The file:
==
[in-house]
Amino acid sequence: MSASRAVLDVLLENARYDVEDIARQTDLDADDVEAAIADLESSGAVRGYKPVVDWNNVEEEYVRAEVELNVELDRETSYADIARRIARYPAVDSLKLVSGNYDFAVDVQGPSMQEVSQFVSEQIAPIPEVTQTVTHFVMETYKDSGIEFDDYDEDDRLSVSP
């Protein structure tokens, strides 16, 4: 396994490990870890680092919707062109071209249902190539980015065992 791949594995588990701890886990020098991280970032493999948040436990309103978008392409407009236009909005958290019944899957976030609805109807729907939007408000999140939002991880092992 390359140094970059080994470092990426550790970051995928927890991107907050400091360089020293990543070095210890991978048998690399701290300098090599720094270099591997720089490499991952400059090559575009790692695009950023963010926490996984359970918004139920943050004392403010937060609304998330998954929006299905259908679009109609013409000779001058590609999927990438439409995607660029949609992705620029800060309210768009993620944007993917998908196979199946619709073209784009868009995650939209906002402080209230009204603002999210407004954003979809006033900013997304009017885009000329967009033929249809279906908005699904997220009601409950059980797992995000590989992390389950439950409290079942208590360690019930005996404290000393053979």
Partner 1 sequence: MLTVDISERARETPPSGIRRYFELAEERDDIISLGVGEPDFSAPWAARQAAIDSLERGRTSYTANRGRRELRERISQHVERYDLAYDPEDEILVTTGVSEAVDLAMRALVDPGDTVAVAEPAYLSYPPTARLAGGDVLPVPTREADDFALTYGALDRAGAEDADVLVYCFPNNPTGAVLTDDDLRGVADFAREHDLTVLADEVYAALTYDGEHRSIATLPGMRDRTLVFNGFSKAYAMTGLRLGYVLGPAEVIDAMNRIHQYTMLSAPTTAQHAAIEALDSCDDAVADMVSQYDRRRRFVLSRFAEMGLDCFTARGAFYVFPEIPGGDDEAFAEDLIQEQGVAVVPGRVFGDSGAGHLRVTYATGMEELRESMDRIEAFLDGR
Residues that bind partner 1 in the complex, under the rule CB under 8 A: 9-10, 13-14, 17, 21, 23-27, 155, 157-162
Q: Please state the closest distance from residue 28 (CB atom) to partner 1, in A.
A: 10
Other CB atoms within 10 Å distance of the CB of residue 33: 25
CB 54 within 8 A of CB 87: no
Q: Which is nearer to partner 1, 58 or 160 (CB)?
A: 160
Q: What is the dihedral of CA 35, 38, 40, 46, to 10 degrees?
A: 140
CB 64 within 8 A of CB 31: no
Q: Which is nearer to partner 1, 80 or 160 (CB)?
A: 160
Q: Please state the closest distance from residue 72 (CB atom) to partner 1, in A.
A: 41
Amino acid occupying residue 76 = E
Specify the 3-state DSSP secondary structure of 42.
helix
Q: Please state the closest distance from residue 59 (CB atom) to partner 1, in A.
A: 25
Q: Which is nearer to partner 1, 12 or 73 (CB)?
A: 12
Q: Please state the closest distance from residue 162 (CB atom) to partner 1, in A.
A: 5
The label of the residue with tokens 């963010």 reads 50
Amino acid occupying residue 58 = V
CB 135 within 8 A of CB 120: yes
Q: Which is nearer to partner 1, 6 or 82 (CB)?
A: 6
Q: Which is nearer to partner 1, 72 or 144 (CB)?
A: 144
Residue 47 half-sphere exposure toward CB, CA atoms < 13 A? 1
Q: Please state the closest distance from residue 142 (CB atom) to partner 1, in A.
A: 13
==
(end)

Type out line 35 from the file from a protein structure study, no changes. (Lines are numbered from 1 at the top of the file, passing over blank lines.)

Residue 47 half-sphere exposure toward CB, CA atoms < 13 A? 1